Conclusions: Interaction involving verbal, visual, embodied, and tactile activities supports patient participation and authority during clinical consultations in ways that provide the patient with information, which clarifies the clinician’s initial explanation. Such interaction also provides the clinician with unelicited information about the patient’s physical capabilities and living situation that are relevant to use of the inhaler and other prescribed treatments.

    Practice implications: Providing multiple modes of information in consultations supports patterns of interaction that express information beyond that initially offered by a clinician. Patients can apply such information to understandings of medical treatment and decision options concerning that treatment. This case provides an example of aspects of a type of patient-clinician interaction that can be more widely applied to increase geriatric patients’ authority and participation in their healthcare.

     

  • 35.
    Hellström Muhli, Ulla
    et al.
    Uppsala University, Disciplinary Domain of Humanities and Social Sciences, Faculty of Social Sciences, Department of Sociology.
    Saferstein, Barry
    California State University San Marcos, Department of Communication, San Marcos, California, USA.
    Siouta, Eleni
    Department of Neurobiology, Care Sciences and Society--Division of Nursing, Karolinska Institutet, Stockholm, Sweden..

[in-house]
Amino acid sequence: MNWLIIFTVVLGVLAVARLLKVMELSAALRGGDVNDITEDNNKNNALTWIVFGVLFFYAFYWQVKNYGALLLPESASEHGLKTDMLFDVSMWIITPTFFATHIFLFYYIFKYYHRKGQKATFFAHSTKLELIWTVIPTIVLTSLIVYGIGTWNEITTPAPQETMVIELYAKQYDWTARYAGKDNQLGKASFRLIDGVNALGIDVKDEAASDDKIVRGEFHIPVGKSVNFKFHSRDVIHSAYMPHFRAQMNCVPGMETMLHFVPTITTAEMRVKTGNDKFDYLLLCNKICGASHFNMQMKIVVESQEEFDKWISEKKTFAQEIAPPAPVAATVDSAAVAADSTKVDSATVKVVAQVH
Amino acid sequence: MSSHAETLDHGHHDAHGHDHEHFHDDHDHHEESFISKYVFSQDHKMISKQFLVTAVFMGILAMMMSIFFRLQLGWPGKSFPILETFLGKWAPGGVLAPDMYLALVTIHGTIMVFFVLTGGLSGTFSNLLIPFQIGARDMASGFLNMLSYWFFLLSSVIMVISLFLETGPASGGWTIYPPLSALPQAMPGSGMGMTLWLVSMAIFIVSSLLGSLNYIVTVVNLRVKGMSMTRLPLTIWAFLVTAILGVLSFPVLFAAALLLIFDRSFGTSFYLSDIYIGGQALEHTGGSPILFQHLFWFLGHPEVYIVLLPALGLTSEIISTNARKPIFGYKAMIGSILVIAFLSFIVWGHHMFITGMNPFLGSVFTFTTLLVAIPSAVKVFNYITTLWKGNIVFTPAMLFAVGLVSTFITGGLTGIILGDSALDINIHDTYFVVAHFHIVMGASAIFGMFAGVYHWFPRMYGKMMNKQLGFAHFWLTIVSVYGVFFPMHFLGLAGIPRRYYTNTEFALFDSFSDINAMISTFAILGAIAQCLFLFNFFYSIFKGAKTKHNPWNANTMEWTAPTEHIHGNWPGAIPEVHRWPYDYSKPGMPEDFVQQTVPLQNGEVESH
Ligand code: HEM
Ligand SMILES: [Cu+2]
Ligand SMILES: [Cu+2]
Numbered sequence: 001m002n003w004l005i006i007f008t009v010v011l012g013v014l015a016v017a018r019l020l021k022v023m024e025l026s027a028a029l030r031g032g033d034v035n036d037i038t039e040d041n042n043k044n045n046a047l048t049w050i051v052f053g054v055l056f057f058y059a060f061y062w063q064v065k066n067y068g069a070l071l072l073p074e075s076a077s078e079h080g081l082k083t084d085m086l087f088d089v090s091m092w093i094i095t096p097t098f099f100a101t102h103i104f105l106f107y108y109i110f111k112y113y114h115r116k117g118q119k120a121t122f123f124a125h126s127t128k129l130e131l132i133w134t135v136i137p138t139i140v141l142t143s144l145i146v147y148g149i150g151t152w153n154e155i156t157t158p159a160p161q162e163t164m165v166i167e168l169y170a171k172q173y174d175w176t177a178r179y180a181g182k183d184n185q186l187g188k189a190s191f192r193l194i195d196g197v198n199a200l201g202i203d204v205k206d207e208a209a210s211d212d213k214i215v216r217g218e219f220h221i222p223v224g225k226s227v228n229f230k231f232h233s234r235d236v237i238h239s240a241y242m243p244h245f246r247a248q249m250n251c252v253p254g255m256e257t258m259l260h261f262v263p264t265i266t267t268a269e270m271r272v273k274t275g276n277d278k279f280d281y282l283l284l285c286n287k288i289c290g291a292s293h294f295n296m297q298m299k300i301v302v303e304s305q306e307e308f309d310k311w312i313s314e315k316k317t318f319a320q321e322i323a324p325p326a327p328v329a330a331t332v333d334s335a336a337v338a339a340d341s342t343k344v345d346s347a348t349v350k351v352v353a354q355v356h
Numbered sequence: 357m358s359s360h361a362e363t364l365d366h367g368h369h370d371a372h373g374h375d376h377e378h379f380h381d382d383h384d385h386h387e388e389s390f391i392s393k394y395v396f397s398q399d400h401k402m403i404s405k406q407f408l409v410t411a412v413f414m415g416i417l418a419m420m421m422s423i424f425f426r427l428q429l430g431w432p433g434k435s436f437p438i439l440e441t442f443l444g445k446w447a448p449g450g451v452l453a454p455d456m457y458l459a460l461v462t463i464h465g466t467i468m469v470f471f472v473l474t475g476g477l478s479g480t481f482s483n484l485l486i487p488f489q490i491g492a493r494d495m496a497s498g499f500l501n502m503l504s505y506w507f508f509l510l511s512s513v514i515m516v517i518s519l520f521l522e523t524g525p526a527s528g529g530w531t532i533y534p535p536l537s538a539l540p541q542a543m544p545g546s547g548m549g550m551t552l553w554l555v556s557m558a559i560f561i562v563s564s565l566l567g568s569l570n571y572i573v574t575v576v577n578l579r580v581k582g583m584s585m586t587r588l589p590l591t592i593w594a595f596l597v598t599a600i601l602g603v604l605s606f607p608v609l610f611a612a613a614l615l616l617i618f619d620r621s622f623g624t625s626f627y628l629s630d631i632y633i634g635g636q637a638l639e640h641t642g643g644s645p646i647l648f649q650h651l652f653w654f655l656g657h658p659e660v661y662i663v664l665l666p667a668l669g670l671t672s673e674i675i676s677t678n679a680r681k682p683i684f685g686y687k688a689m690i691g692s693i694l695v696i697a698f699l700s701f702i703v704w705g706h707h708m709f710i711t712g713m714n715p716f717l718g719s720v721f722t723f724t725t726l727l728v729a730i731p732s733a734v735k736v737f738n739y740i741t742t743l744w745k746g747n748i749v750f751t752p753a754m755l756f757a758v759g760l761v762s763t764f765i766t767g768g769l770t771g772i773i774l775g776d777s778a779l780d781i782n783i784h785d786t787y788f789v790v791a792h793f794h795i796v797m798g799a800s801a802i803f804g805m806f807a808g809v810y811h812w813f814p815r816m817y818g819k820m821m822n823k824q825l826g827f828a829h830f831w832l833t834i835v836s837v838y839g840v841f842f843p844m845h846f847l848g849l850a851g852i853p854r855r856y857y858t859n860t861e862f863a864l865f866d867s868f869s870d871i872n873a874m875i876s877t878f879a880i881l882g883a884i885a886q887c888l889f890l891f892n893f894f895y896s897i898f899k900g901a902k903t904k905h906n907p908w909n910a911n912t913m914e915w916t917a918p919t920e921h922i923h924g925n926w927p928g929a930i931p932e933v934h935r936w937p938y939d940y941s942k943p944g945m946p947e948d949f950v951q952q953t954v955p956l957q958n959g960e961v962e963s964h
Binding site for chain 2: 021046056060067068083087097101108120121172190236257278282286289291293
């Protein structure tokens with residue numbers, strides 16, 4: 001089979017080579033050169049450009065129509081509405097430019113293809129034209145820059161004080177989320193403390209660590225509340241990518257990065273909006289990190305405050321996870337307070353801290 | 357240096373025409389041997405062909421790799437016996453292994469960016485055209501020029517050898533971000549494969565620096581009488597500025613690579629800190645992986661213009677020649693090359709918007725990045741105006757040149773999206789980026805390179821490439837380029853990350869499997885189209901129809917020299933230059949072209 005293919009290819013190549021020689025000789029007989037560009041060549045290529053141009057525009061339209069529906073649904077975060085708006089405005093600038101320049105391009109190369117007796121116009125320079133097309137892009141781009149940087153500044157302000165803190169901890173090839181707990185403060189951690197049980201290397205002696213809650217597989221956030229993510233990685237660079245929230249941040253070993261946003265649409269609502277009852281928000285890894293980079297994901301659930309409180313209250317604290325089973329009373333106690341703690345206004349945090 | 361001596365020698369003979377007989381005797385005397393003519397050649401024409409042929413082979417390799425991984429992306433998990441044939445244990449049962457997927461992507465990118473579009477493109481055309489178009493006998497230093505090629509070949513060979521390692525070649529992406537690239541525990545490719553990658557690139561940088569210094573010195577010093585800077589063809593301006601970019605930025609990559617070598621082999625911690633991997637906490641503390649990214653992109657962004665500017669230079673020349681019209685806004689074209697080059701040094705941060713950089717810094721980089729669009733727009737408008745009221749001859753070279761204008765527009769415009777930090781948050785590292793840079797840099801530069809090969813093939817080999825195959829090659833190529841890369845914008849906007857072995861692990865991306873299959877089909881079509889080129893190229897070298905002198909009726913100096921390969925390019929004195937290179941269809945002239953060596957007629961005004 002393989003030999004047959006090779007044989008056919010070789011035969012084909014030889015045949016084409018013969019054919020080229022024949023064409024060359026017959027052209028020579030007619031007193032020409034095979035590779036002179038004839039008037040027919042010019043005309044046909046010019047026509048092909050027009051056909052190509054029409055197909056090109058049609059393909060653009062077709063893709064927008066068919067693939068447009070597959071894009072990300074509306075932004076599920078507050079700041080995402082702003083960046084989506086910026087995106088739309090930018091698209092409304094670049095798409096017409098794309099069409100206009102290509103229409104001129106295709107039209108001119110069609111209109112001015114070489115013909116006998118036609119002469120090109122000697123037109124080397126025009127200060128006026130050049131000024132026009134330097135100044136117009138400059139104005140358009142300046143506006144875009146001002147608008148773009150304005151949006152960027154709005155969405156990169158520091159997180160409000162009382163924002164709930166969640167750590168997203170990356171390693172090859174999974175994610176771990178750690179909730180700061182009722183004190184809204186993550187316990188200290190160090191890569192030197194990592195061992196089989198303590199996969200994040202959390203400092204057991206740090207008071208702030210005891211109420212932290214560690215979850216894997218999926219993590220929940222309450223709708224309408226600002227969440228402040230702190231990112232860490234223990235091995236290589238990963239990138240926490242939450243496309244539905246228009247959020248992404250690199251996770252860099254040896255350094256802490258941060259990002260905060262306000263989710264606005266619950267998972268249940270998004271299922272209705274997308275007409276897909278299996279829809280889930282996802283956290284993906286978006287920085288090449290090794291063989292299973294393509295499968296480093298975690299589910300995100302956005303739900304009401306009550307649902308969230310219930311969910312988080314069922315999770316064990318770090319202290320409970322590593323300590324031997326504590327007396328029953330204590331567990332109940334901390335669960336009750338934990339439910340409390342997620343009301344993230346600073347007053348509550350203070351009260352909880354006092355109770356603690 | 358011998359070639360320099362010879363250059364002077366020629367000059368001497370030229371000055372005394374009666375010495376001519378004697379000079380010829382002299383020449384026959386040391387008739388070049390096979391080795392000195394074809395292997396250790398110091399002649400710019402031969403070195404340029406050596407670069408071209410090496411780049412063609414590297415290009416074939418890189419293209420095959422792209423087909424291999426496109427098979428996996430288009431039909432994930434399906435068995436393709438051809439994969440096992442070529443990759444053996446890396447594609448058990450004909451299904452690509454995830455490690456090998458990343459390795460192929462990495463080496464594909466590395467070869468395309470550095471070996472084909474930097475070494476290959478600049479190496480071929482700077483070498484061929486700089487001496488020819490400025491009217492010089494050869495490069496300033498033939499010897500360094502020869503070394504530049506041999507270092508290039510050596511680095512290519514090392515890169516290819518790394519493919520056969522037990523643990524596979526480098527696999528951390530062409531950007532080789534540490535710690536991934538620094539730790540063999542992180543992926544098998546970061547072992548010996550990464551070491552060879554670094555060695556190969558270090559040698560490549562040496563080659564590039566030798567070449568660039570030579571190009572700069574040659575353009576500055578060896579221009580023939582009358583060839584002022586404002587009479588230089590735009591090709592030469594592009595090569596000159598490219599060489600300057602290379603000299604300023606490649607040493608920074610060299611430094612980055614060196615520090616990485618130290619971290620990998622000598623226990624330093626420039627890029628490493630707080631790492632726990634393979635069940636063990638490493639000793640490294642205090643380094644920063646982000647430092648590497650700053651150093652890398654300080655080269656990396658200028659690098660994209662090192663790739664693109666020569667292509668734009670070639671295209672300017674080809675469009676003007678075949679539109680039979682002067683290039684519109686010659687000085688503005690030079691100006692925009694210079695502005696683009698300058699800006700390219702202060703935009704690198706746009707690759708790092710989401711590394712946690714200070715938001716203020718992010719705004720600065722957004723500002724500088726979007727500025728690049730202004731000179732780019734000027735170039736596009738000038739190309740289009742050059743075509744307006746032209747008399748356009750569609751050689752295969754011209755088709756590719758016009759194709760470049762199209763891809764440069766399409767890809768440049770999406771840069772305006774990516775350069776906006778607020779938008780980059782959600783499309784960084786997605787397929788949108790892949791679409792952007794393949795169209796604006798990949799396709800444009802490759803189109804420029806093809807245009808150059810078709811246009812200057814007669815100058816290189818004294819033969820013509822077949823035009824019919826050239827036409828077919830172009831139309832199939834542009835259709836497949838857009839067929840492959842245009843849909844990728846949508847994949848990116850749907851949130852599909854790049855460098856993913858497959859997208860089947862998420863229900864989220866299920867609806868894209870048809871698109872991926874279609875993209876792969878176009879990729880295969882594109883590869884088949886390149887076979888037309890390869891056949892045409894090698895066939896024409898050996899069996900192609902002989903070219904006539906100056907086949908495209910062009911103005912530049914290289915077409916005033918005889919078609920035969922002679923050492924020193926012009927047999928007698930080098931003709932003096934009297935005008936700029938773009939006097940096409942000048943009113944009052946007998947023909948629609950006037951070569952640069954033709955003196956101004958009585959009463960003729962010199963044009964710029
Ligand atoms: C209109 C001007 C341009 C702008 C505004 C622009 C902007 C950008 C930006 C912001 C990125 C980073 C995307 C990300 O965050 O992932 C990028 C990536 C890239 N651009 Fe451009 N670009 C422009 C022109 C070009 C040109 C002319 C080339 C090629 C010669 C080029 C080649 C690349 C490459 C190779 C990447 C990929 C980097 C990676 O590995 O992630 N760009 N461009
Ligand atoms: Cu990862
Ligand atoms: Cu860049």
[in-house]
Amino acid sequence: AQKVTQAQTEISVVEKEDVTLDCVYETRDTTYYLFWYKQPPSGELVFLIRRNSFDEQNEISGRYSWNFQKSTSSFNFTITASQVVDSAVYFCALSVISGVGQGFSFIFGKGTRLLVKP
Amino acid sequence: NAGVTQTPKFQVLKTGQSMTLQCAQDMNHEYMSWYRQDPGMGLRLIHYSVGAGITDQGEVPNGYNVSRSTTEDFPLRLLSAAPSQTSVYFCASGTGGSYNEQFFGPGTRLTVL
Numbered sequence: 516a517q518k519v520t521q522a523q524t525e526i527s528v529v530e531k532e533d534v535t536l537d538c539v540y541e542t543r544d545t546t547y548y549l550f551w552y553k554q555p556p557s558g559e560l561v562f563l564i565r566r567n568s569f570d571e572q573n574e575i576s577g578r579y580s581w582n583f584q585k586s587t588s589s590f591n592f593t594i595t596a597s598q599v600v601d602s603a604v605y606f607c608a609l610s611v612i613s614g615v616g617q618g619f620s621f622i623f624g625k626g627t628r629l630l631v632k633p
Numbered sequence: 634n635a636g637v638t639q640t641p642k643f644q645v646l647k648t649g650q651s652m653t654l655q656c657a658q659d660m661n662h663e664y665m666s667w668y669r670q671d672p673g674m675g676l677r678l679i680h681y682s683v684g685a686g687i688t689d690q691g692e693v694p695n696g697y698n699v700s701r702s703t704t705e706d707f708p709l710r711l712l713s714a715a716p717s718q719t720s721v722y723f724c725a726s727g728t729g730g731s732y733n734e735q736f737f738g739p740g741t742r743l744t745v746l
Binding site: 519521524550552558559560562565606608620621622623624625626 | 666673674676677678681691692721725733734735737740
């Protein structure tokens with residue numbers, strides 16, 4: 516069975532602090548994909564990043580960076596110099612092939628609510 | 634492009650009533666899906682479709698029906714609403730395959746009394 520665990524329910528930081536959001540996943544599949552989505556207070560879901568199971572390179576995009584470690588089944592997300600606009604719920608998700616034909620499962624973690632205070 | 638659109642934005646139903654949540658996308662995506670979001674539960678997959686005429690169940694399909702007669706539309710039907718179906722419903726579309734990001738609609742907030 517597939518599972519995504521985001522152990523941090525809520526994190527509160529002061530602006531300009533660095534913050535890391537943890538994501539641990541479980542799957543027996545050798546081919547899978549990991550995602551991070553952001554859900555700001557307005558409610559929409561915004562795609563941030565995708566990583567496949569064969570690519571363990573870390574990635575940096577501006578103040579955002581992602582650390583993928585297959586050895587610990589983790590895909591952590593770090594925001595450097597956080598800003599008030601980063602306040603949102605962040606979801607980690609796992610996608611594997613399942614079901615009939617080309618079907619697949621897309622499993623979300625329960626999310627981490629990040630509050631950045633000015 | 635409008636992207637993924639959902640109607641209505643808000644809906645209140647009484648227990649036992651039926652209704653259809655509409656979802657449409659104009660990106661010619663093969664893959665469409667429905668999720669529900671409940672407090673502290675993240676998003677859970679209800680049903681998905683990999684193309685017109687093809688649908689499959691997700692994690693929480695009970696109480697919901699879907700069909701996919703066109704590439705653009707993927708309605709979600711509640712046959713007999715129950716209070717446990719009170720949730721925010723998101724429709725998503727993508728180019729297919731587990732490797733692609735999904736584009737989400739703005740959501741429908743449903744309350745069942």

Patient Participation, Authority, and Understanding: – A Case Study of Communication Patterns in a Geriatric Consultation when using a Medical DeviceManuscript (preprint) (Other academic)
    Abstract [en]

    Objectives: The object is to examine communication patterns in the discourse that emerges between a female geriatric patient and a pharmacist in the context of using an inhaler. This analysis is done in order to understand what clinicians (pharmacist) and a geriatric patient’ do when they construct institutional communication as a practice and how they do it in ways that support understanding medical information.

    Methods: This article is a qualitative case study from a project that video recorded forty (N=40) clinical consultations. The actual case was selected out since it is representative for use of material and visual information resources, applied by a pharmacist.

    Results: Benefits of the teach-back approach for a patient’s understanding of clinician advice are not based simply on the patient reinforcing behavior by repeating the clinician’s demonstration. Rather, the way that the patient’s discussion and manipulation of the inhaler produces a communication pattern that mitigates clinician control of topics and forms of expression.

    Conclusion: By combining verbal, visual and tactile actions, patients can join in consultations in a way that enhances their participation, authority and understanding.